Food poisoning incidence has dropped dramatically in the U.S. The Centers for Disease Control and Prevention reports substantial declines in the rates of illness from six of seven major types of foodborne bacteria from 1996 to 2000. E. coli infections fell 21%, salmonella 15%, listeria and Shigella 35%, campylobacter 27% and yersinia 49%. Meanwhile, vibrio, a germ found in raw oysters, rose 83%.
USDA data indicates that salmonella in raw meat and poultry decreased since the full implementation of the Pathogen Reduction/Hazard Analysis and Critical Control Points (HACCP) system of inspection in 1998. HACCP is a science-based inspection system that requires establishments to develop a plan to prevent hazards and reduce pathogens in products.
The USDA data shows that salmonella prevalence in 1998-2001 in dropped in cows and bulls from an average of 2.7% before HAACP implementation to 2.2% after implementation. For steers and heifers, the average fell from 1% to 0.4%; ground beef from 7.5% to 3.4%; ground chicken from 44.6% to 15.7%; and ground turkey from 49.9% to 29.2%.
A murder over fur. At press time, Dutch authorities had arrested a vegan animal rights activist as a suspect in the May assassination of Dutch populist politician Pim Fortuyn, who was shot five times in broad daylight just nine days before legislative elections. According to press reports, Dutch authorities believe Volkert van der Graaf may have murdered Fortuyn because of the politician's plans to lift an incoming ban on fur farming in the Netherlands.
It wasn't the first-time the vegan and his cronies have turned to murder to further their cause, says a Dutch newspaper. The daily De Volkskrant reported that van der Graaf and his environmental organization had been linked to the murder of a municipal environmental official in the central Netherlands, as well.
The world needs biotech and high-yield agriculture. That's what a group of food policy experts said in defending the technologies' role in preserving the world's environment.
The group is headlined by Nobel Prize winners Norman Borlaug and Oscar Arias as well as former U.S. senators George McGovern (D-SD) and Rudy Boschwitz (R-MN). Their declaration says that biotech and high-yield agriculture are the best hope for feeding the world's growing population while preserving the world's wild spaces.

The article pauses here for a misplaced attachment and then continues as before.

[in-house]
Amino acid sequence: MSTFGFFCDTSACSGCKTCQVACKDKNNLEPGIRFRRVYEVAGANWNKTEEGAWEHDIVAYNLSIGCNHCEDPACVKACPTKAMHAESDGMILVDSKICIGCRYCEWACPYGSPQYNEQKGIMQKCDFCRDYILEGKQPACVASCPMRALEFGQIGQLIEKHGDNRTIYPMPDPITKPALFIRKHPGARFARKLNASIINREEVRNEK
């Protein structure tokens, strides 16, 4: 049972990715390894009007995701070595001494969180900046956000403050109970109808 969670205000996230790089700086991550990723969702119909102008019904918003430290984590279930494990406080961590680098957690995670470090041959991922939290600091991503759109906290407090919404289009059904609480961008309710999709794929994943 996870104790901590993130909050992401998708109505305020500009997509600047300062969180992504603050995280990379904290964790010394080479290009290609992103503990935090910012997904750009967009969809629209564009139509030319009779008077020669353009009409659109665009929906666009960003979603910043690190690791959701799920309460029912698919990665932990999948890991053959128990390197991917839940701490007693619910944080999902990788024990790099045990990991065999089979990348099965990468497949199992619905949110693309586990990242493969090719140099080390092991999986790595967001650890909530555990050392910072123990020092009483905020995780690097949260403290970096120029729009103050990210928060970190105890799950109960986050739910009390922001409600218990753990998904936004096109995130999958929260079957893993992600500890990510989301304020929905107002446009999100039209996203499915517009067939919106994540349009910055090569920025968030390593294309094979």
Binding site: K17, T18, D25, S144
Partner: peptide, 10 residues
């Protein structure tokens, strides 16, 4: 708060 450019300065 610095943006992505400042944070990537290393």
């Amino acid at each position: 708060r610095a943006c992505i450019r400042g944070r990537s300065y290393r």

Find out more at the group's Web site www.highyieldconservation.org.
Poland recently announced its first case of bovine spongiform encephalopathy (BSE). The country's chief veterinarian, Piotr Kolodziej, says meat from a 9-year-old cow was barred from the market after tests confirmed BSE. The news was a blow to Poland, which tests all animals over 30 months of age in a bid to keep the disease out of its borders.
Foot-and-mouth disease (FMD) hit South Korea again. Japan immediately banned imports of pork, beef and mutton from the country, while the South Korean government halted all beef and pork exports and shut down two-thirds of its meat markets.
At press time, the outbreak had been limited to two areas — Jincheon and Anseong. The outbreaks hit Korea at a time when thousands of soccer fans are in Seoul for the World Cup finals that began in Korea and Japan May 31. Japan has formulated plans to prevent the spread of FMD into its borders as the fans shuttle between Korea and Japan.
A new video explains basic estrus synchronization as a means to build reproductive efficiency. Offered by Select Sires Inc., the video “Beef Cattle Estrus Synchronization” provides comprehensive background information about the economics of beef cattle reproduction and the normal estrous cycle of the cow, thus setting the stage for understanding how estrus synchronization can improve profitability. To order the $20 video, call 614/733-3426 or visit www.selectsires.com.
A lot of young American children don't like bread crusts. Sara Lee is betting that such busy moms will pay 75¢ more for a loaf of bread with no crust.
The food and household products conglomerate is spending $10 million to roll out a new crustless line of its IronKids white bread. Expected to be in 60% of the country's grocery shelves by July, a Sara Lee spokesman says that the bread, which is also fortified with calcium and fiber, is the company's response to consumers demand for time-saving, nutritious products. The discarded crusts will be recycled into bread crumbs and animal feed.